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Posts Tagged ‘Fashion Week’

3 Reasons Fashion Week Is the Worst for PR

If your job in PR touches on fashion in any way, you’ll appreciate this post from the Fashionista blog. Here are the three reasons writer Lauren Sherman gives for hating on Fashion Week as a PR pro and event organizer:

  1. Fake ticket requests: everybody and their third cousin twice removed wants in on the hot shows, and anyone who works in fashion PR will know how pathetically obvious these requests can be—especially on the day of the event. It’s like you’re a virtual doorman or something.
  2. Event crashers: You’re a real-life doorman, too. No matter how carefully you check the RSVP list, some jackass will always try to worm his or her way into the crowd. Such individuals are usually far too desperate to worry about embarrassing themselves, so you might have to work with security to contain and/or eject them.
  3. Complainers: Not only does everyone want to attend the show, they also want the VIP experience. Some journalists and other personalities just can’t seem to accept the fact that they aren’t quite front-row material, so you might have to let them know, in the nicest possible way, that their blog just isn’t as influential as they’d like to think. Physical confrontations are rare, but they do happen—just ask HL Group‘s Lynn Tesoro about last year’s Zac Posen show.

Do we agree? Do we have more reasons to list?

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Fashion and Instagram: The Beginning of a Beautiful Friendship

An industry driven by the power of instant visual impressions has found a natural partner in the app that’s all about capturing the moment and passing it along to the rest of the world.

The growing partnership between fashion and Instagram almost makes too much sense: for example, a quick search for #NYFW on the network yields an endless bounty of shots taken by users who range from schooled photographers to gawkers and lucky gatecrashers. It’s the perfect tool not just for fashion followers but for designers themselves, who cop to co-opting others’ shots for both inspirational and promotional purposes. What better way to see what everyone’s wearing without dirtying your brand new shoes on the streets of New York or Paris?

Nanette Lepore, for example, tells The New York Times that she regularly scrolls through her fans’ Instagram clips, where the themes that emerge from a never-ending sea of shots give her ideas for upcoming collections (someone must have been wearing a lot of white and beige last year):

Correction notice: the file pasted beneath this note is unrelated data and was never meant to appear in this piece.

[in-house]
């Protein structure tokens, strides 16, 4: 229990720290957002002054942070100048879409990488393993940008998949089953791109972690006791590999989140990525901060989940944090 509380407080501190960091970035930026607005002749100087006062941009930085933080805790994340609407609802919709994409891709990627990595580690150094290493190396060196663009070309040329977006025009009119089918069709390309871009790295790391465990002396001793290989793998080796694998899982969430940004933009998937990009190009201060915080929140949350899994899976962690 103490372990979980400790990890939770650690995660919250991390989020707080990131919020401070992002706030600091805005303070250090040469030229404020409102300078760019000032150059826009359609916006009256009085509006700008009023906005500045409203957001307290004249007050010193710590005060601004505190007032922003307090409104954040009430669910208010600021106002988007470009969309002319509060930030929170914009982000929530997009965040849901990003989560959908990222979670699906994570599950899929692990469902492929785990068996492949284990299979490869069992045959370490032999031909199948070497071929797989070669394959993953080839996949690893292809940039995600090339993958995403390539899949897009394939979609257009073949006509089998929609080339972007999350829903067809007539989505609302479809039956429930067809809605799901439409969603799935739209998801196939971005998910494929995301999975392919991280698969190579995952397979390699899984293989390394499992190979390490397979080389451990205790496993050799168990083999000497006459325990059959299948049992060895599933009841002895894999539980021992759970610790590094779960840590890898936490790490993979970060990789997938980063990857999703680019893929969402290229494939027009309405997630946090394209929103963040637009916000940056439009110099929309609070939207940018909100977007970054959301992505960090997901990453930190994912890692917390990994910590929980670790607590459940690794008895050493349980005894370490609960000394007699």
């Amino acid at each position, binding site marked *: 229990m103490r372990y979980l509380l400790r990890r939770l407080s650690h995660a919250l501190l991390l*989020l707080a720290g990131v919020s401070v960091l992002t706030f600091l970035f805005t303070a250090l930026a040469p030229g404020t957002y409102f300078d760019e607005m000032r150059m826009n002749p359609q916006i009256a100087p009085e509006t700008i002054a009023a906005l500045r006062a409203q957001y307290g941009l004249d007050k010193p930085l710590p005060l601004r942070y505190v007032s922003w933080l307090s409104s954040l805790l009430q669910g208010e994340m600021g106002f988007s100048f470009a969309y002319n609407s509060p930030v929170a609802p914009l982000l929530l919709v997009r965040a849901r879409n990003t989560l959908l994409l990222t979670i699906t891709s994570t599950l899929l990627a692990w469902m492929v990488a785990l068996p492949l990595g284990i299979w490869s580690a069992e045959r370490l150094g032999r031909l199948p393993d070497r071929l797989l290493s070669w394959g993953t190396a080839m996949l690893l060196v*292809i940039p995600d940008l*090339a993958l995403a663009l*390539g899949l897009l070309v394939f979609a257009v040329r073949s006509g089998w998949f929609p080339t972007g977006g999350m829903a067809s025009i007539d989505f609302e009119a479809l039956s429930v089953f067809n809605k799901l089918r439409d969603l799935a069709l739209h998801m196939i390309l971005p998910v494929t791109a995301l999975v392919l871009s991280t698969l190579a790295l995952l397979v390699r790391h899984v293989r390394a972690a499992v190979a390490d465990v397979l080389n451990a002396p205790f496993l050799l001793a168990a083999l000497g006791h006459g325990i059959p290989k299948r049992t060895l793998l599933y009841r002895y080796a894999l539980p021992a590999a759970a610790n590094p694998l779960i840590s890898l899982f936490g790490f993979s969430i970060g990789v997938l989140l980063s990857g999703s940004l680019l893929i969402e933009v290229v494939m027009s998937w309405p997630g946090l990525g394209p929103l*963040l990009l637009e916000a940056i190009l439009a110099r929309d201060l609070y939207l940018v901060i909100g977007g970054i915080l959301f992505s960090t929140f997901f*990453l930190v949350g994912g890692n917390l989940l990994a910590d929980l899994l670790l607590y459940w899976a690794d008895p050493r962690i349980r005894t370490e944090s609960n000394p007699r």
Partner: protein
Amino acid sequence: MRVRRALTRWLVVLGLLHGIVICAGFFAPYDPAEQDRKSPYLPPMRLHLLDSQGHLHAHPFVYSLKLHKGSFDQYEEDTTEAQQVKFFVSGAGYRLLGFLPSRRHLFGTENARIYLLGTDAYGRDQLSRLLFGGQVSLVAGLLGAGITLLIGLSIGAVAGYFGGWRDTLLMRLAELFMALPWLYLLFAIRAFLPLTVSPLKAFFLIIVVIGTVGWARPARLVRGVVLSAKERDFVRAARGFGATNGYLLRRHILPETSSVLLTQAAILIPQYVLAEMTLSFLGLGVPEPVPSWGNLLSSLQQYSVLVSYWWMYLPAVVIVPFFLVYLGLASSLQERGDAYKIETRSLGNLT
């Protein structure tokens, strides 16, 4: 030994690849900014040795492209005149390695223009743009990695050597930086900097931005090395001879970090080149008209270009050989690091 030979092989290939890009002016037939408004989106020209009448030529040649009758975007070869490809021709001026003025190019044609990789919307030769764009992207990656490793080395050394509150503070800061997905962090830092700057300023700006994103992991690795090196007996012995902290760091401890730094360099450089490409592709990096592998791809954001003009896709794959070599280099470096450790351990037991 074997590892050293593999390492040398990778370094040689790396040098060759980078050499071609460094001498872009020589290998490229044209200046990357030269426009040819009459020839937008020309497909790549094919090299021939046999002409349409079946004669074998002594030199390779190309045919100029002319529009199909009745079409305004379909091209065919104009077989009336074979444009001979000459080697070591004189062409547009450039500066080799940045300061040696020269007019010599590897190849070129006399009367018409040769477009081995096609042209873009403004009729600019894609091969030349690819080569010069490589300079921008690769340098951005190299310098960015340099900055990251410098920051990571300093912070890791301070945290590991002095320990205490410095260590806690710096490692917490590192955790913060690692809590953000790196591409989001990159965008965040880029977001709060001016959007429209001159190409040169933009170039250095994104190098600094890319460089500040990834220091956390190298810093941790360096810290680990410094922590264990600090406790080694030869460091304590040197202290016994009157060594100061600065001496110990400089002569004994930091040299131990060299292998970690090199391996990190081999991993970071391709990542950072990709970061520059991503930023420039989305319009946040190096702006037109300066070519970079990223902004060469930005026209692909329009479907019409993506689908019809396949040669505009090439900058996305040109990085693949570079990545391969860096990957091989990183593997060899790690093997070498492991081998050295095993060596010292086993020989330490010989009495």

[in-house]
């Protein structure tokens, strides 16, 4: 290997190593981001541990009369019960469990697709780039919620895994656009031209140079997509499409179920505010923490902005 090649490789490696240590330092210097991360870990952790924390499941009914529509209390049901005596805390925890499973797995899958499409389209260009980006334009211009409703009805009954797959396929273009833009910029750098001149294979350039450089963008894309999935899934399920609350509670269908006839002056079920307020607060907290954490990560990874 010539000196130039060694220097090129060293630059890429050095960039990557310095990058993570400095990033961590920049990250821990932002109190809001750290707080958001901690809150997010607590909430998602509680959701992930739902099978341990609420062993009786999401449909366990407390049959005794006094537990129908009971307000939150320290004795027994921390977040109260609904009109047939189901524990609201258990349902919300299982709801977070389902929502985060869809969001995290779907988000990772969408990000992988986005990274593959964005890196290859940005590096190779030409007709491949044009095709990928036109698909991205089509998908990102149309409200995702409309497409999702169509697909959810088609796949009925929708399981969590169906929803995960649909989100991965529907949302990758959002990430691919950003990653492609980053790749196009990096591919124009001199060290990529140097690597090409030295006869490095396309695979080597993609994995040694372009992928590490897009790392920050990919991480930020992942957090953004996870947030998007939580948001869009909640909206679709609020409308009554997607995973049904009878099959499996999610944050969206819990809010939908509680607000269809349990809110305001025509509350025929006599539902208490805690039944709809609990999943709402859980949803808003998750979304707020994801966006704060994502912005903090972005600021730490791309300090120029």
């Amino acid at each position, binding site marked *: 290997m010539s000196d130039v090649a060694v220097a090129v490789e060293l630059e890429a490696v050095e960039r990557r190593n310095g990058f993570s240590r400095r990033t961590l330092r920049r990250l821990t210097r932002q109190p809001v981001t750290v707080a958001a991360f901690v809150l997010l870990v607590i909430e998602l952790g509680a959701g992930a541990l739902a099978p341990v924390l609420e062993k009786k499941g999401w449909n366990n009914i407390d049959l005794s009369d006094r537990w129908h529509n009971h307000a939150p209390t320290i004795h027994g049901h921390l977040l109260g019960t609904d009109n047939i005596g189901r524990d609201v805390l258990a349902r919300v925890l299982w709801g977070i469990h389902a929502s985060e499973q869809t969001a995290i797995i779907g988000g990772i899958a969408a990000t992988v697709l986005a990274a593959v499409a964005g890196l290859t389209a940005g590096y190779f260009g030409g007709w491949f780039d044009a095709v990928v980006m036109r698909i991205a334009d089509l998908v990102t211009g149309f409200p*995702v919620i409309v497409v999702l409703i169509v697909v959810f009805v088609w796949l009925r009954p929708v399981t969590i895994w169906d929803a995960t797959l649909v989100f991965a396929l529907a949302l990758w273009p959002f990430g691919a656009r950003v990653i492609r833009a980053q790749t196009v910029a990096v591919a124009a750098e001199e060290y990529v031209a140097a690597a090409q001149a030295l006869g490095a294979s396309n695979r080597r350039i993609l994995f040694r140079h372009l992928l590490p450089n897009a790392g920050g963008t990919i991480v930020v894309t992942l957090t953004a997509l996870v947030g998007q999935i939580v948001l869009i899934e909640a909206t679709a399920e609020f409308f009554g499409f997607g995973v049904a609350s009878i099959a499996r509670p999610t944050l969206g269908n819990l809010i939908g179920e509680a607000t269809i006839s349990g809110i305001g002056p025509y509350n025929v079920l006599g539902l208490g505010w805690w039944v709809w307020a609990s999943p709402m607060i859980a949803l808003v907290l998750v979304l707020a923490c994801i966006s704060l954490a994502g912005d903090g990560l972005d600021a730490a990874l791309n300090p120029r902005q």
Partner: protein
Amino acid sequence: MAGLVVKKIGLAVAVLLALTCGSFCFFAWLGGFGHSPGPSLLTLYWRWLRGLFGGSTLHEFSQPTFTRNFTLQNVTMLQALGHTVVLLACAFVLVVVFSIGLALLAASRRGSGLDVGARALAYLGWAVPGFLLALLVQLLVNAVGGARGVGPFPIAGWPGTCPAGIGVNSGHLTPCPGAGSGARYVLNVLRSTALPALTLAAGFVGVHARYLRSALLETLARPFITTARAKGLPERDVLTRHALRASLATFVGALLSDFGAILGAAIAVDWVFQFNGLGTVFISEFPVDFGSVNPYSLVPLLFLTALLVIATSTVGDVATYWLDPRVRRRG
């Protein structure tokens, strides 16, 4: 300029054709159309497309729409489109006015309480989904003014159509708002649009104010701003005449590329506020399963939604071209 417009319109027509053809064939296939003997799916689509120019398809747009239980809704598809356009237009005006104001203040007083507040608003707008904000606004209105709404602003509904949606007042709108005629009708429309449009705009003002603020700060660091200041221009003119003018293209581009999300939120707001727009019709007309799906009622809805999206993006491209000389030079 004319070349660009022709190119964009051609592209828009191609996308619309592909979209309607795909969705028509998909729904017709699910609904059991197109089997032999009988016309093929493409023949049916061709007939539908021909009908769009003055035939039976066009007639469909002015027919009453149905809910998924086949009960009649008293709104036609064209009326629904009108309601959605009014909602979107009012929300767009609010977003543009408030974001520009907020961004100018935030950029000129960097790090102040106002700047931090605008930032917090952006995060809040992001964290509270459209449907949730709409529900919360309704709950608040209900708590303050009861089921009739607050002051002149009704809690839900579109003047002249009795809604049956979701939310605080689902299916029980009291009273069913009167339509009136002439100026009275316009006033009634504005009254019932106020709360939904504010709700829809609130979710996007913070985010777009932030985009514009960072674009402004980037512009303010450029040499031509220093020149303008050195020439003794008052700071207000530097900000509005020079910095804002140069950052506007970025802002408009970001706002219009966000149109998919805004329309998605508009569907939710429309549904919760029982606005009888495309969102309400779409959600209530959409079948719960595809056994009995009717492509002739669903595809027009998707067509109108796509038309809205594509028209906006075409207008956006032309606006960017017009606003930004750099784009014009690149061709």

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Israeli Fashion Biz Bans Too-Skinny Models

Milan Fashion Week A basic fact: many criticize the fashion industry for filling its runway shows and ad campaigns with models whose body mass indexes lie a few miles south of healthy. Has this supposed PR problem damaged the power or standing of the fashion and beauty business? Not that we can see. But it has led to lots of posts on the ways in which the industry’s history directly promotes unhealthy life choices (despite Karl Lagerfeld’s laughable claim that “nobody works with anorexic girls”).

Now Israel’s fashion industry has decided to follow the lead of Milan Fashion Week and counter its poor reputation by insisting that designers and advertisers only hire models within a given body mass index range and that they disclose the use of “altered images of models to make… women and men appear thinner than they really are.”

OK, we understand the well-meaning desire to push the fashion industry and limit its reliance on ultra-thin women to showcase the work of top designers. But is this really an effective way to improve the businesses practices and reputation (and to help young women develop healthy relationships with their own bodies), or is it just a way for regulator to sleep better at night? Do any of those who closely follow fashion really care about the obvious prevalence of eating disorders within its ranks? Color us skeptical.

Britain Finds Novel Ways to Bond with Global Audience

London’s 2012 Olympic Games may have inspired love at first sight among the viewing public and attendees, but from a marketing communications standpoint it’s been a long, drawn-out courtship.

“We’ve been preparing for the Olympics since 2005. To inspire visitation, our strategy has been to socialize the travel experience and centralize content to support marketing and PR,” says Karen Clarkson, VP North America for VisitBritain. She spoke at the Association for Travel Marketing Executives’ Marketing Issues Forum on Thursday in New York, discussing her company’s Olympics efforts and plans for the next James Bond movie, Skyfall.

Britain has enjoyed extended time in the public spotlight this year, from the Queen’s Diamond Jubilee celebration in June to the Olympic Games in July, the Paralympics in August and London’s Fashion Week in September. As Clarkson noted, “It’s been an opportunity to influence information about London and beyond, and not limited to sports related content. For the Olympics, we established digital content partnerships with NBC, Yahoo, The Travel Channel, The Wall Street Journal, USA Today and Travel & Leisure magazine.” She said that these partnerships helped the company generated $600 million worth of earned media impressions.